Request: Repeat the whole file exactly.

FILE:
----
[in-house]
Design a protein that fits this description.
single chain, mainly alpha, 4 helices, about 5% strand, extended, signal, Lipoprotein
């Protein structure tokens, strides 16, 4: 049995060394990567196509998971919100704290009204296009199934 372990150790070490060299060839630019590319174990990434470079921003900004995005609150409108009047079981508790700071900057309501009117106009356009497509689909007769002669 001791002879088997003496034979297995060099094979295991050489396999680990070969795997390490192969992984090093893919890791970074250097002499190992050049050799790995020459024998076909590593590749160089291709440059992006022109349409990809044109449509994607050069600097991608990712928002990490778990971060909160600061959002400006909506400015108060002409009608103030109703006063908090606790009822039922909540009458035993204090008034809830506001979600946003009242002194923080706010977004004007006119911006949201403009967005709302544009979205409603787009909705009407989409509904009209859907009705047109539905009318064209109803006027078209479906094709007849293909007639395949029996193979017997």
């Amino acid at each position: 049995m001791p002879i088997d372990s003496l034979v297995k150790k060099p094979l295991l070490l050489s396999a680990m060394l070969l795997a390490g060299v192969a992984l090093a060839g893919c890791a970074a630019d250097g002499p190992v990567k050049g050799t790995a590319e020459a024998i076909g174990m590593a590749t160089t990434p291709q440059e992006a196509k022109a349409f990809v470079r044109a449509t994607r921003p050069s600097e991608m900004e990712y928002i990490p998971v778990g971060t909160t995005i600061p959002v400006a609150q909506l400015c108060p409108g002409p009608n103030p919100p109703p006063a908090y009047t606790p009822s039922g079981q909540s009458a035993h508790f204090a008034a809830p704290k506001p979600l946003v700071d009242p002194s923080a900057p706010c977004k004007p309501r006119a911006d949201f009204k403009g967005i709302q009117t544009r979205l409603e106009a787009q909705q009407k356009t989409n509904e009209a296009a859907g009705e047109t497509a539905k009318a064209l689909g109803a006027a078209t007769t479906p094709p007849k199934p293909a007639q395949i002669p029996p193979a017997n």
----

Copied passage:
[in-house]
Design a protein that fits this description.
single chain, mainly alpha, 4 helices, about 5% strand, extended, signal, Lipoprotein
């Protein structure tokens, strides 16, 4: 049995060394990567196509998971919100704290009204296009199934 372990150790070490060299060839630019590319174990990434470079921003900004995005609150409108009047079981508790700071900057309501009117106009356009497509689909007769002669 001791002879088997003496034979297995060099094979295991050489396999680990070969795997390490192969992984090093893919890791970074250097002499190992050049050799790995020459024998076909590593590749160089291709440059992006022109349409990809044109449509994607050069600097991608990712928002990490778990971060909160600061959002400006909506400015108060002409009608103030109703006063908090606790009822039922909540009458035993204090008034809830506001979600946003009242002194923080706010977004004007006119911006949201403009967005709302544009979205409603787009909705009407989409509904009209859907009705047109539905009318064209109803006027078209479906094709007849293909007639395949029996193979017997």
């Amino acid at each position: 049995m001791p002879i088997d372990s003496l034979v297995k150790k060099p094979l295991l070490l050489s396999a680990m060394l070969l795997a390490g060299v192969a992984l090093a060839g893919c890791a970074a630019d250097g002499p190992v990567k050049g050799t790995a590319e020459a024998i076909g174990m590593a590749t160089t990434p291709q440059e992006a196509k022109a349409f990809v470079r044109a449509t994607r921003p050069s600097e991608m900004e990712y928002i990490p998971v778990g971060t909160t995005i600061p959002v400006a609150q909506l400015c108060p409108g002409p009608n103030p919100p109703p006063a908090y009047t606790p009822s039922g079981q909540s009458a035993h508790f204090a008034a809830p704290k506001p979600l946003v700071d009242p002194s923080a900057p706010c977004k004007p309501r006119a911006d949201f009204k403009g967005i709302q009117t544009r979205l409603e106009a787009q909705q009407k356009t989409n509904e009209a296009a859907g009705e047109t497509a539905k009318a064209l689909g109803a006027a078209t007769t479906p094709p007849k199934p293909a007639q395949i002669p029996p193979a017997n």